Try this DIY project from Apartment Therapy to create an indoor eden you’ll almost never have to water (I skipped the moss and kept to succulents in mine). They deliver some instructions on the toughest part of the project: how to keep the plants alive once the terrarium set-up is finished.
Here’s one of the easiest hacks around, with elegant results to boot. Turn that dusty old jar into a lovely light for summer nights outside—just add oil and a wick! I keep mine on the back porch, as a centerpiece next to a few cut garden flowers, also in a mason jar. Follow 2 Bees In A Pod’s directions for a citronella lamp alternative to keep mosquitos away, too.
Just like the oil lamp, this transformation is complete in about five minutes flat, and if you use a nice-colored natural soap like this, looks beautiful next to the bathroom or kitchen sink. Love Grows Wild provides two different methods for making the soap dispenser and getting that pump attached just right.
Sprouted beans and grains are a nutritious, crunchy addition to any salad or sandwich, but you don’t need to buy them at the store. If you’ve got the dried seeds you can repurpose an old mason jar to grow what you need, when you need it. They only take a couple days to sprout, and Boulder Locavore’s smart tip for making the lid is cheap, pretty, and easy to do.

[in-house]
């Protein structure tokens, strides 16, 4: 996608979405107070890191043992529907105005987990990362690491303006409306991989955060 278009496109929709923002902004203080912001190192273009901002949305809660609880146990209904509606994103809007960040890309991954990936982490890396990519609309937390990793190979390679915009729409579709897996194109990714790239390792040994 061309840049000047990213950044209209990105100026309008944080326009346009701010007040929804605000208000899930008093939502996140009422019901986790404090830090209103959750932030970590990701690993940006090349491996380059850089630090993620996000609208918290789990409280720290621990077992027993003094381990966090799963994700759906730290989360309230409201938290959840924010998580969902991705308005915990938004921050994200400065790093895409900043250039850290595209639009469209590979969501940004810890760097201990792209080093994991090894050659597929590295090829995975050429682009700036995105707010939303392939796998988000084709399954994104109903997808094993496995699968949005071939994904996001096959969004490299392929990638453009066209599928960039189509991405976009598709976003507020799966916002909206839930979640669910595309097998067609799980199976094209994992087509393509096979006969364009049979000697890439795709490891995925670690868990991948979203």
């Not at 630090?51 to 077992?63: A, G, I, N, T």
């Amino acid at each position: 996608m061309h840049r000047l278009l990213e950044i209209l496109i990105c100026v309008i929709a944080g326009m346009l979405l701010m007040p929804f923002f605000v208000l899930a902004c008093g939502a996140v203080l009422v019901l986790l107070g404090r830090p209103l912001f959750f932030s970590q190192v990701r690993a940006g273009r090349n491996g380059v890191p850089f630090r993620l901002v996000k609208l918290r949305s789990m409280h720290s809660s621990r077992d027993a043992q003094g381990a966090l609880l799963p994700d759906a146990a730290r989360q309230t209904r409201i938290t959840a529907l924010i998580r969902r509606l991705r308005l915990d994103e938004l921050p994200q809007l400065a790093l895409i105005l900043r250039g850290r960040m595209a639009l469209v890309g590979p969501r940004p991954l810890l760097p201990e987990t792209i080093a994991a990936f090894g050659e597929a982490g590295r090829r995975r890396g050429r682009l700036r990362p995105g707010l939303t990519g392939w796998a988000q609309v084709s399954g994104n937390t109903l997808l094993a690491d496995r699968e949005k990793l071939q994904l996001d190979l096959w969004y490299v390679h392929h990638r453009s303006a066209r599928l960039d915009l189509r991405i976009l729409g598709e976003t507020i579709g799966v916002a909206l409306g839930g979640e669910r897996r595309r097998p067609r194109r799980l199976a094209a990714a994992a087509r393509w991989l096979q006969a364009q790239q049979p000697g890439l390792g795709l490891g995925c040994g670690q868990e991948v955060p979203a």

These six simple steps from Bright Nest show you how to gussy up a jar with sugary sweet nectar to bring more butterflies to the garden. I used natural sponge instead of the fake stuff, and for a slightly fancier (and more secure) string, wove a little net, following these instructions from video blogger Melissa Chan.
Make your own to-go mug! Those screw lids are pretty handy when you’re on the go—the only problem is you’re constanly unscrewing the lid to drink. Find instructions for making an easy straw insert over at the Clumsy Crafter. The lid is super easy to make, and the best part is it works on different-sized jars!
OK, so this hack is pretty straightforward. But the mason jar serves a purpose few other bulb pots provide: a window to the normally subterranean life of roots, including those of large, awkward seeds like avocado. You can grow it in dirt, like I’ve done, or use small stones or pebbles. Get inspired at the Stone Gable.
With the latest news about colony collapse, there’s been a lot of talk about honey bees. But what about native bees? They may not make us honey, but they provide vital pollination services, and they need somewhere to live. Follow these simple steps from Tall Clover Farm to create a home for mason bees—an excellent pollinator of orchard crops like apples. They call for a baked beans can, but the mason jar I’ve used works just as well.